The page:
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New Drug Epidemic Krokodil Causes Skin and Bone Tissue Deterioration

krokodil

A new drug epidemic has recently been discovered in Russia. The drug is called Krokodil or Crocodile, and is named for the gruesome effects the drug has on the users’ appearance. One major side effect users of krokodil experience is rotting of the skin. When users abuse the drug intravenously their complexion around the site of injection becomes greenish and scaly (much like a crocodile), their blood vessels rupture and the skin tissue dies. krokodil causes Bone tissue, especially in the lower jaw beings to deteriorate by the highly acidic content of the drug. Gangrene and amputations are a common result of drug use.

Krokodil is made with desomorphine, a synthetic opioid more powerful than heroin. The drug is created by mixing common household chemicals with codeine-based cold medications that are available over the counter is Russia. The process of creating krokodil involves mixing the codeine pills with ingredients including gasoline, paint thinner, hydrochloric acid, iodine and red phosphorous. The effects of krokodil are very similar to those of heroin. Many long time heroin users are now beginning to switch to krokodil. Since its discovery 4 years ago, consumption has steadily been on the rise. In poverty stricken regions of Russia, use of the drug has been especially high. All of the ingredients are readily available at pharmacies and drug stores, and are much cheaper than heroin.

A study conducted in 2010 showed that between a few hundred thousand and a million people, were injecting krokodil. However, Russia is currently the only country for which the drug has become a problem. It is believed to first have appeared in Siberia and the Russian Far East in early 2002, however in the last few years has it spread all over the country. Since 2009, the amount of krokodil seized in Russia has increased. During the first few months of 2011 there had already been approximately 65 million doses of krokodil seized by Russian Law enforcement.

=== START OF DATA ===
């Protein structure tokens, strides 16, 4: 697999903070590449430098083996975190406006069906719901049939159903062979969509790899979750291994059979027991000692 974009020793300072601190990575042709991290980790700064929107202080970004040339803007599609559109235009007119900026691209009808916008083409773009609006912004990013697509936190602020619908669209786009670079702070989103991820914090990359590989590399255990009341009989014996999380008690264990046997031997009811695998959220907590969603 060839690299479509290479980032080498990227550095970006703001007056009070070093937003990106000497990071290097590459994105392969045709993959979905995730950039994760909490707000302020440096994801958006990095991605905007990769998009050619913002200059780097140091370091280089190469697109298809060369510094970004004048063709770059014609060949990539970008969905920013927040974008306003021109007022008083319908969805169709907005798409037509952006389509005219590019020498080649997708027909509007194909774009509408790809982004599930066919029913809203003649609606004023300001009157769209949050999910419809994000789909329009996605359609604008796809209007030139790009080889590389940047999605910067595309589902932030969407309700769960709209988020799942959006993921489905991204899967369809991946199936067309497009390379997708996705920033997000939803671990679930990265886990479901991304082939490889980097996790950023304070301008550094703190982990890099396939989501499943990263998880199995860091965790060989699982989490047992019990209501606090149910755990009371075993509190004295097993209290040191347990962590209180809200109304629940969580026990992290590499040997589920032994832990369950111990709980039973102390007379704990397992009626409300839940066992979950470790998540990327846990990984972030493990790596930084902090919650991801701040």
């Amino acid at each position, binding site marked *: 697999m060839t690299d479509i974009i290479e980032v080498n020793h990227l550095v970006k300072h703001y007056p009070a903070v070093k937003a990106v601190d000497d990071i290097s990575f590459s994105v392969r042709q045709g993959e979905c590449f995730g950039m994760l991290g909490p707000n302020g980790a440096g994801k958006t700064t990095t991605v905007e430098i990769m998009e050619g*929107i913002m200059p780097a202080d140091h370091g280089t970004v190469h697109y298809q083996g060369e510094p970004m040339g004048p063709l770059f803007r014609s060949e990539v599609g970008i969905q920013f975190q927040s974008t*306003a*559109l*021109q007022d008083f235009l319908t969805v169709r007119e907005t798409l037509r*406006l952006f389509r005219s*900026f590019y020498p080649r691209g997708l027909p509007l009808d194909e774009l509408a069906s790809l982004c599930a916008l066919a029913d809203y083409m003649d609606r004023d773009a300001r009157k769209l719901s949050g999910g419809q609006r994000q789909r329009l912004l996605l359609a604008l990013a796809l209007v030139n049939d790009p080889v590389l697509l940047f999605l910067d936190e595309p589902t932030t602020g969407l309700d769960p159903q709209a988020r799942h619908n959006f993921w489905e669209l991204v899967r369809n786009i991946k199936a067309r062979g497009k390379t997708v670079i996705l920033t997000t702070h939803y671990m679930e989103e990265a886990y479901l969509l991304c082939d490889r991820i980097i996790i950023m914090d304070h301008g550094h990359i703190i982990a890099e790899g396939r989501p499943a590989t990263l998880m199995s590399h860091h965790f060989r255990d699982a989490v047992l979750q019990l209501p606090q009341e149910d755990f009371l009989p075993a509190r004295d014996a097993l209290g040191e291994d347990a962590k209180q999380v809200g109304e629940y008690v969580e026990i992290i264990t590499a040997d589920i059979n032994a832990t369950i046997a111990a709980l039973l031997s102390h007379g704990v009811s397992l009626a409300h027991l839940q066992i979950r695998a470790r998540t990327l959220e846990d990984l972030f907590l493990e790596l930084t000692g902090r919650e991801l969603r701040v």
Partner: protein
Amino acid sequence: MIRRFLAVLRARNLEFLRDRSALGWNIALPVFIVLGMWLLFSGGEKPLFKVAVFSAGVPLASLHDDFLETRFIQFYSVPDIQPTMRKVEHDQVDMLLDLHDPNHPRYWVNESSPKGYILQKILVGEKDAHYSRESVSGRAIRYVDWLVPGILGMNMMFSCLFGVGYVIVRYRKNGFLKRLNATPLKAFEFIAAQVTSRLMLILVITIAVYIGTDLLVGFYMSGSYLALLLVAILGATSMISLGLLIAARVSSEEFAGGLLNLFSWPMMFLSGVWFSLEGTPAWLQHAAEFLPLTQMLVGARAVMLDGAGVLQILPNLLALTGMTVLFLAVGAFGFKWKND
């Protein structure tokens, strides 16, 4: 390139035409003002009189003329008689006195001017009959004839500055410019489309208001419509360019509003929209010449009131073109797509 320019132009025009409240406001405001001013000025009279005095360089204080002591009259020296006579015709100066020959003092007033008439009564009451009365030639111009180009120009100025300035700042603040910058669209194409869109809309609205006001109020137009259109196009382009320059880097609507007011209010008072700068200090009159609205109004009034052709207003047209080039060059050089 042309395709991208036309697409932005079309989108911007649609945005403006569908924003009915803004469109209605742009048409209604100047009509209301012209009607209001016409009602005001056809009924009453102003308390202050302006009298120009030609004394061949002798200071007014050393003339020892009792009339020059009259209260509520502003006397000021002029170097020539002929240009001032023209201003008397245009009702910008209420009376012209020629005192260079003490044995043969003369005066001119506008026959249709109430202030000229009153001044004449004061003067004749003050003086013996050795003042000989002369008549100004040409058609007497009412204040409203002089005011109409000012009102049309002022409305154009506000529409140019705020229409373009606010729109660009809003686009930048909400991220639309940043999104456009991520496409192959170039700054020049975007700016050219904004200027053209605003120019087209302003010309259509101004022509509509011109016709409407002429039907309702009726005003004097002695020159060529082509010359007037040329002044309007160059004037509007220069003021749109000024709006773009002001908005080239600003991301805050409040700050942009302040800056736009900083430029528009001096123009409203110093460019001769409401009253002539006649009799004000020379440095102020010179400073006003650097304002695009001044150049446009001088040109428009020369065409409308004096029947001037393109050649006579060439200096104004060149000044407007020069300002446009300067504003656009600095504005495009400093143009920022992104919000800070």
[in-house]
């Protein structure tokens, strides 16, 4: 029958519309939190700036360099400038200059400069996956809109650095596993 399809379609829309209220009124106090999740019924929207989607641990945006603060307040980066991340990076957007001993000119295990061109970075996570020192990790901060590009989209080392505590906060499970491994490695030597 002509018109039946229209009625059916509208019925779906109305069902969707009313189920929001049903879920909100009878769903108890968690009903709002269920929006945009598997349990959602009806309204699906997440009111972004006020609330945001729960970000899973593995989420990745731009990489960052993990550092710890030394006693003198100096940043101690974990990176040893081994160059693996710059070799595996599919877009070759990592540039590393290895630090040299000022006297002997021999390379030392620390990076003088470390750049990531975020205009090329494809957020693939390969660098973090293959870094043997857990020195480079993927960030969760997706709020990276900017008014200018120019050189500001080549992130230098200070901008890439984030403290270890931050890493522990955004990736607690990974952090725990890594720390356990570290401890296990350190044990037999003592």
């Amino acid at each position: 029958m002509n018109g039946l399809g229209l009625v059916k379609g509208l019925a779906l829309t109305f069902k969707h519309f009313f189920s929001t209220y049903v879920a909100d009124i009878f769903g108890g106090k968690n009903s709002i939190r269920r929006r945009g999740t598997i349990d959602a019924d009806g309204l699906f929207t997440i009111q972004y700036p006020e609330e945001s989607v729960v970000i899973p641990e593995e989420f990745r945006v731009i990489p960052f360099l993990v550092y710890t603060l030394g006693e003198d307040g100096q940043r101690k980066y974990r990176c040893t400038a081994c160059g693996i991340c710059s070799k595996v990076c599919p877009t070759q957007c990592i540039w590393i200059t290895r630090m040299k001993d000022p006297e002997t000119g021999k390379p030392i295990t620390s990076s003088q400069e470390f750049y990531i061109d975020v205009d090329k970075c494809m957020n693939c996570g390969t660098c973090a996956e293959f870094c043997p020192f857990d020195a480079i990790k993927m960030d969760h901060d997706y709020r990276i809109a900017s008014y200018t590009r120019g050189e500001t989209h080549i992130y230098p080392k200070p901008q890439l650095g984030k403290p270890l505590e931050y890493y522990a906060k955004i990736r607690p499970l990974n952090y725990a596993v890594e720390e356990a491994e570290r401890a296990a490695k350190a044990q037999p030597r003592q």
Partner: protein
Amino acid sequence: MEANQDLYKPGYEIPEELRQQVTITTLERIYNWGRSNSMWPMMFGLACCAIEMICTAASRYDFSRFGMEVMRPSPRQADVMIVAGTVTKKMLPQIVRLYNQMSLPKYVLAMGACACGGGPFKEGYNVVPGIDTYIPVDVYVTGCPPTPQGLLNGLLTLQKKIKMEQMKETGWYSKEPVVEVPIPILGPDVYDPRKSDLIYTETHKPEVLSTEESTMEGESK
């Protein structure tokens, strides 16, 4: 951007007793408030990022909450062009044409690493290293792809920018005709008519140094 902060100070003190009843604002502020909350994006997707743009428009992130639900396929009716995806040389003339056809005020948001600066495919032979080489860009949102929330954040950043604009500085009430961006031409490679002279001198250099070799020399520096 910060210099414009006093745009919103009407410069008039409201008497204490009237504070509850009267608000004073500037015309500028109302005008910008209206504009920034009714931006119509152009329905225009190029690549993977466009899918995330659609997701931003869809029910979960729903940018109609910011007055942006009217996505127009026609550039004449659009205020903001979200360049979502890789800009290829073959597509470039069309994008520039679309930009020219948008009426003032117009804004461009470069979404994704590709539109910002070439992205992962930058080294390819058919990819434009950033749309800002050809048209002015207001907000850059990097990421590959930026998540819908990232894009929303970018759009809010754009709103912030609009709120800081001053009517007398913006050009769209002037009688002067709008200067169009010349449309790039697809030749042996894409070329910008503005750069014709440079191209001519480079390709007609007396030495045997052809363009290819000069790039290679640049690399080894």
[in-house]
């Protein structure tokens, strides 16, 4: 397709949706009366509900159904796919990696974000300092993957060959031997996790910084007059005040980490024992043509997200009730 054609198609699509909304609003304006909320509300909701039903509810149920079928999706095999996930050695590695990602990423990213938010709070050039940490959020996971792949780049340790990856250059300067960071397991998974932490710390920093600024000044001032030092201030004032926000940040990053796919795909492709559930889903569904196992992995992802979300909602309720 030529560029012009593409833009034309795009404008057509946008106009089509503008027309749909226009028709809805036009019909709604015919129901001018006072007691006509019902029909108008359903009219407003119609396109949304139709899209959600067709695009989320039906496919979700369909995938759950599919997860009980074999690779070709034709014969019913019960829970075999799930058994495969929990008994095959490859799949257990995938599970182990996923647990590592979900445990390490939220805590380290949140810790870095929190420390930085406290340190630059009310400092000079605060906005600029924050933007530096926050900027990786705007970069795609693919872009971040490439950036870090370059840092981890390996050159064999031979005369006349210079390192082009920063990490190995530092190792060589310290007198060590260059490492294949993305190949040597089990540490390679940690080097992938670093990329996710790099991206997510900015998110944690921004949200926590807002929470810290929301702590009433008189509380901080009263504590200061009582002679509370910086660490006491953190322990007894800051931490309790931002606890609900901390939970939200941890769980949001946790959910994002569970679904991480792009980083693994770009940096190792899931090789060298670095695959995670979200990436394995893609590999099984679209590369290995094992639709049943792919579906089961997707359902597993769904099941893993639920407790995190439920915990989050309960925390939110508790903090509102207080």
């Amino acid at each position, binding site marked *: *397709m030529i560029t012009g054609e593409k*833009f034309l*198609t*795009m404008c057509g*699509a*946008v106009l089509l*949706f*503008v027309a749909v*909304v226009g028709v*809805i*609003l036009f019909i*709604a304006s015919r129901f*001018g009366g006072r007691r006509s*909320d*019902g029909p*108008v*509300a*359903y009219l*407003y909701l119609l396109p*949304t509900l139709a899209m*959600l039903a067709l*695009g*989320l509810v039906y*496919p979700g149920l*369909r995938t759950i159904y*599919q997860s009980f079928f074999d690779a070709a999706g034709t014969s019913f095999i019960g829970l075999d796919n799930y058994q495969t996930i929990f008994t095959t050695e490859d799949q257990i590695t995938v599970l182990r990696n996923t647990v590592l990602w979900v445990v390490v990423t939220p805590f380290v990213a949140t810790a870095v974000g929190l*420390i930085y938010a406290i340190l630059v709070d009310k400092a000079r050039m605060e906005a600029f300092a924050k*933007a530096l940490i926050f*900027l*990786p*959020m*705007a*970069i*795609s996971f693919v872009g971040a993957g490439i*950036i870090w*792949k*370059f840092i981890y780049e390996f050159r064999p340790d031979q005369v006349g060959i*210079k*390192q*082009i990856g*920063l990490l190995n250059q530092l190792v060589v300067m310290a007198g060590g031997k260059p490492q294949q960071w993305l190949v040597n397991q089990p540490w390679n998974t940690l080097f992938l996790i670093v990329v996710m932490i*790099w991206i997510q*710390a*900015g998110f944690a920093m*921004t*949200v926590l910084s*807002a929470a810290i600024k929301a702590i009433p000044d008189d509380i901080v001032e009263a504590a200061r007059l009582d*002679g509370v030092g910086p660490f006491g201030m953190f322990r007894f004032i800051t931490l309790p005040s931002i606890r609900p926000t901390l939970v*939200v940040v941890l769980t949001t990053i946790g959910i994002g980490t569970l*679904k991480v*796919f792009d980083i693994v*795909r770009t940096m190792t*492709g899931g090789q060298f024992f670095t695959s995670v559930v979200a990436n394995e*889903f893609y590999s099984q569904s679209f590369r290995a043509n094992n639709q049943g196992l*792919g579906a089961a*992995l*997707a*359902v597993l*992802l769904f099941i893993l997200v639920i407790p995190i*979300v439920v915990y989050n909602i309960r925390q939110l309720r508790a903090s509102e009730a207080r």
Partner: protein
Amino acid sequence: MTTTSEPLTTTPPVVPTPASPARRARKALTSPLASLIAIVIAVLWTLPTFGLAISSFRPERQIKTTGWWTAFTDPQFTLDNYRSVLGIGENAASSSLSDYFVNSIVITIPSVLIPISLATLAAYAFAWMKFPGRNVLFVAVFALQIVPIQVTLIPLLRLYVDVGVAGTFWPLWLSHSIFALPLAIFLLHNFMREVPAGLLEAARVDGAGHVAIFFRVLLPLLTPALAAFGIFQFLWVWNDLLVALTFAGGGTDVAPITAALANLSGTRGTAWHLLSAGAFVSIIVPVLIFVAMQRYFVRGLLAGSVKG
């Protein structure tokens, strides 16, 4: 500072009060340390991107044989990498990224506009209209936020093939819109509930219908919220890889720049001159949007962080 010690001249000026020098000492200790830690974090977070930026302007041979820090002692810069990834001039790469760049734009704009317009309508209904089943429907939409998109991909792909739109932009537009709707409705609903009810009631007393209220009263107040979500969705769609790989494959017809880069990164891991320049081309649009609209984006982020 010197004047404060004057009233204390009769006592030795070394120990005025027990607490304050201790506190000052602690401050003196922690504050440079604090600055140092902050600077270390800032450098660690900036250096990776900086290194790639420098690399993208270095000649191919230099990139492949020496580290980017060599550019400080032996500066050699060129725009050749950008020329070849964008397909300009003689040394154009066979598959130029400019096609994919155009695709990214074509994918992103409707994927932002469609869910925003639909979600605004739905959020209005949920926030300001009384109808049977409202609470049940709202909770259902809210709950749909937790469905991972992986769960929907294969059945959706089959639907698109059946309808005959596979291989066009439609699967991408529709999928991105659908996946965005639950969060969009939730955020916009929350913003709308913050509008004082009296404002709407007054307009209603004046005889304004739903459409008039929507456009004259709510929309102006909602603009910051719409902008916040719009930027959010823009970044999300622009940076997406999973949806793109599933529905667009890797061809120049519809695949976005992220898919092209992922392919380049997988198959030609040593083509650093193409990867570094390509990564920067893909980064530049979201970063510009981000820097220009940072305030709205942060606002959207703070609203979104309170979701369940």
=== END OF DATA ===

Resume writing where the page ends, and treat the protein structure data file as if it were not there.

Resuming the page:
For most Russian citizens drug treatment is scarcely available in impoverished regions of the country. Due to budgeting problems the government is unable to do much about the drug problem in Russia. With the recent spike in krokodil use there has been many a public debates over the ban of codeine pills and drug testing in public schools. Recently there has been talk of a plan to create several state run drug rehabilitation centers in Russia. However, only a handful of inpatient rehab centers run by the Health Ministry are available for an estimated 2.5 million drug addicts a (most of whom still use heroin or krokodil). The Russian union of Evangelical Christians, facilitates more than 500 rehab centers, receiving no help from the state, makes them the largest provider for drug addiction treatment in Russia.

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Filed under: Alcohol and Drugs · Tags: Heroin, Heroin Addiction, heroin side effects, krokodil, krokodil drug, krokodil side effects, opioid addiction, opioid side effects, opioid treatmetn

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